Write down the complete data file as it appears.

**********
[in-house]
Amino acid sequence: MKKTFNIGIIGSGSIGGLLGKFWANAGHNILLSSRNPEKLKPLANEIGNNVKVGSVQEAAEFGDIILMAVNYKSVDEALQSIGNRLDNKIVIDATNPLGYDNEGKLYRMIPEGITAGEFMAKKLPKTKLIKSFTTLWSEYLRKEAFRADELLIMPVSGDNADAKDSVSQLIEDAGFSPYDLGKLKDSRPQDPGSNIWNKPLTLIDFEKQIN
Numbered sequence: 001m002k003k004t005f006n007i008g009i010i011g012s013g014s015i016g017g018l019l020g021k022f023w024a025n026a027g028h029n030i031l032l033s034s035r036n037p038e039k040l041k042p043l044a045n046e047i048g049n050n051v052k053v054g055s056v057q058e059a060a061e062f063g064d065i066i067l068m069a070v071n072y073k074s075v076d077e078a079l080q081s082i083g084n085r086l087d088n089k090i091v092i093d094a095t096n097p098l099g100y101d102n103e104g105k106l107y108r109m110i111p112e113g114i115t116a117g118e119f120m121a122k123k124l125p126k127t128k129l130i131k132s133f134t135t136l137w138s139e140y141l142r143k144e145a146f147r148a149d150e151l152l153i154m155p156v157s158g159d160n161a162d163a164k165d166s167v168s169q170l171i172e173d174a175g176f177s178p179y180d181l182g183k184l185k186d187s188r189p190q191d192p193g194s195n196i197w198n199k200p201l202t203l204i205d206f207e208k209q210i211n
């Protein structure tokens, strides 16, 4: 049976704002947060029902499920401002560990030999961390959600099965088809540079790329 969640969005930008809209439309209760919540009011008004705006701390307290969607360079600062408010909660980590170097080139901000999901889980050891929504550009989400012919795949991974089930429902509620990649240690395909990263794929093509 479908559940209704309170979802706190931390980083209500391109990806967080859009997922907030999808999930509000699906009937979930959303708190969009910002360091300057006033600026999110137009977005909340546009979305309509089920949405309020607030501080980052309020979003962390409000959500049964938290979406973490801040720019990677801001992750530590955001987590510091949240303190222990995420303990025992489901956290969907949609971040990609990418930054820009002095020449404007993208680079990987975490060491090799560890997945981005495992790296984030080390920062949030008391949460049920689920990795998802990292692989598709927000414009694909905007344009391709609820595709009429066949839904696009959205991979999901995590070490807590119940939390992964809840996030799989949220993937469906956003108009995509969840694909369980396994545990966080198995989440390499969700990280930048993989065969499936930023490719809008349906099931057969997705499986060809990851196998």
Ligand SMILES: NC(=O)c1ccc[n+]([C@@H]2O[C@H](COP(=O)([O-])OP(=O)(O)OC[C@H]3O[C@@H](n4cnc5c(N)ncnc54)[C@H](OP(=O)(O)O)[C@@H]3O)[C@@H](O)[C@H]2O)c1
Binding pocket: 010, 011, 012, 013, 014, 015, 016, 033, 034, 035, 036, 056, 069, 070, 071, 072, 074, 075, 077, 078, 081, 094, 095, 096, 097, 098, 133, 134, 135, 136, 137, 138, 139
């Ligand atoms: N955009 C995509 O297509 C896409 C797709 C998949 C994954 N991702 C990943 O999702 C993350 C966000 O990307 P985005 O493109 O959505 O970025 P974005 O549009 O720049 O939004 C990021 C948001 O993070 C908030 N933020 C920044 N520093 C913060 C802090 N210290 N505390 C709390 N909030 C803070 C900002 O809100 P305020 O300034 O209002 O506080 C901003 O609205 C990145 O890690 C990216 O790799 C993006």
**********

[in-house]
Amino acid sequence: MKKTFNIGIIGSGSIGGLLGKFWANAGHNILLSSRNPEKLKPLANEIGNNVKVGSVQEAAEFGDIILMAVNYKSVDEALQSIGNRLDNKIVIDATNPLGYDNEGKLYRMIPEGITAGEFMAKKLPKTKLIKSFTTLWSEYLRKEAFRADELLIMPVSGDNADAKDSVSQLIEDAGFSPYDLGKLKDSRPQDPGSNIWNKPLTLIDFEKQIN
Numbered sequence: 001m002k003k004t005f006n007i008g009i010i011g012s013g014s015i016g017g018l019l020g021k022f023w024a025n026a027g028h029n030i031l032l033s034s035r036n037p038e039k040l041k042p043l044a045n046e047i048g049n050n051v052k053v054g055s056v057q058e059a060a061e062f063g064d065i066i067l068m069a070v071n072y073k074s075v076d077e078a079l080q081s082i083g084n085r086l087d088n089k090i091v092i093d094a095t096n097p098l099g100y101d102n103e104g105k106l107y108r109m110i111p112e113g114i115t116a117g118e119f120m121a122k123k124l125p126k127t128k129l130i131k132s133f134t135t136l137w138s139e140y141l142r143k144e145a146f147r148a149d150e151l152l153i154m155p156v157s158g159d160n161a162d163a164k165d166s167v168s169q170l171i172e173d174a175g176f177s178p179y180d181l182g183k184l185k186d187s188r189p190q191d192p193g194s195n196i197w198n199k200p201l202t203l204i205d206f207e208k209q210i211n
């Protein structure tokens, strides 16, 4: 049976704002947060029902499920401002560990030999961390959600099965088809540079790329 969640969005930008809209439309209760919540009011008004705006701390307290969607360079600062408010909660980590170097080139901000999901889980050891929504550009989400012919795949991974089930429902509620990649240690395909990263794929093509 479908559940209704309170979802706190931390980083209500391109990806967080859009997922907030999808999930509000699906009937979930959303708190969009910002360091300057006033600026999110137009977005909340546009979305309509089920949405309020607030501080980052309020979003962390409000959500049964938290979406973490801040720019990677801001992750530590955001987590510091949240303190222990995420303990025992489901956290969907949609971040990609990418930054820009002095020449404007993208680079990987975490060491090799560890997945981005495992790296984030080390920062949030008391949460049920689920990795998802990292692989598709927000414009694909905007344009391709609820595709009429066949839904696009959205991979999901995590070490807590119940939390992964809840996030799989949220993937469906956003108009995509969840694909369980396994545990966080198995989440390499969700990280930048993989065969499936930023490719809008349906099931057969997705499986060809990851196998």
Ligand SMILES: NC(=O)c1ccc[n+]([C@@H]2O[C@H](COP(=O)([O-])OP(=O)(O)OC[C@H]3O[C@@H](n4cnc5c(N)ncnc54)[C@H](OP(=O)(O)O)[C@@H]3O)[C@@H](O)[C@H]2O)c1
Binding pocket: 010, 011, 012, 013, 014, 015, 016, 033, 034, 035, 036, 056, 069, 070, 071, 072, 074, 075, 077, 078, 081, 094, 095, 096, 097, 098, 133, 134, 135, 136, 137, 138, 139
């Ligand atoms: N955009 C995509 O297509 C896409 C797709 C998949 C994954 N991702 C990943 O999702 C993350 C966000 O990307 P985005 O493109 O959505 O970025 P974005 O549009 O720049 O939004 C990021 C948001 O993070 C908030 N933020 C920044 N520093 C913060 C802090 N210290 N505390 C709390 N909030 C803070 C900002 O809100 P305020 O300034 O209002 O506080 C901003 O609205 C990145 O890690 C990216 O790799 C993006």